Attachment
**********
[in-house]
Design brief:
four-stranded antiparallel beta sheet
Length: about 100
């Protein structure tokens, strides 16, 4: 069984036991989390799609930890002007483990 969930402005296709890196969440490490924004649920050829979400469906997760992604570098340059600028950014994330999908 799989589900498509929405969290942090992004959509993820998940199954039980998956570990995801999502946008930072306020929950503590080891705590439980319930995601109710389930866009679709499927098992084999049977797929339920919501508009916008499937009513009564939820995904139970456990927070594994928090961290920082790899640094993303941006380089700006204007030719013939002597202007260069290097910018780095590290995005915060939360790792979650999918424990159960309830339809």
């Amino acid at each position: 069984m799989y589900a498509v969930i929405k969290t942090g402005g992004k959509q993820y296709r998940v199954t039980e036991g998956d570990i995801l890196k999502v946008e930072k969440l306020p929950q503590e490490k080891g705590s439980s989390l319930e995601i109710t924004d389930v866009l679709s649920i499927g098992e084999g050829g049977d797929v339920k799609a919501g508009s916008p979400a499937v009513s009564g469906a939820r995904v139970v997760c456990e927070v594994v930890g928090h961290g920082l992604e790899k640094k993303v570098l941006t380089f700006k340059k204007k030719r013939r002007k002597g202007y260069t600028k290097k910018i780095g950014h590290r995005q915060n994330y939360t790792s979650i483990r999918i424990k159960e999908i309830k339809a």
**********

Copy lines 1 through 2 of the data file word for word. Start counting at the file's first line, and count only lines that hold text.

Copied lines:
[in-house]
Design brief: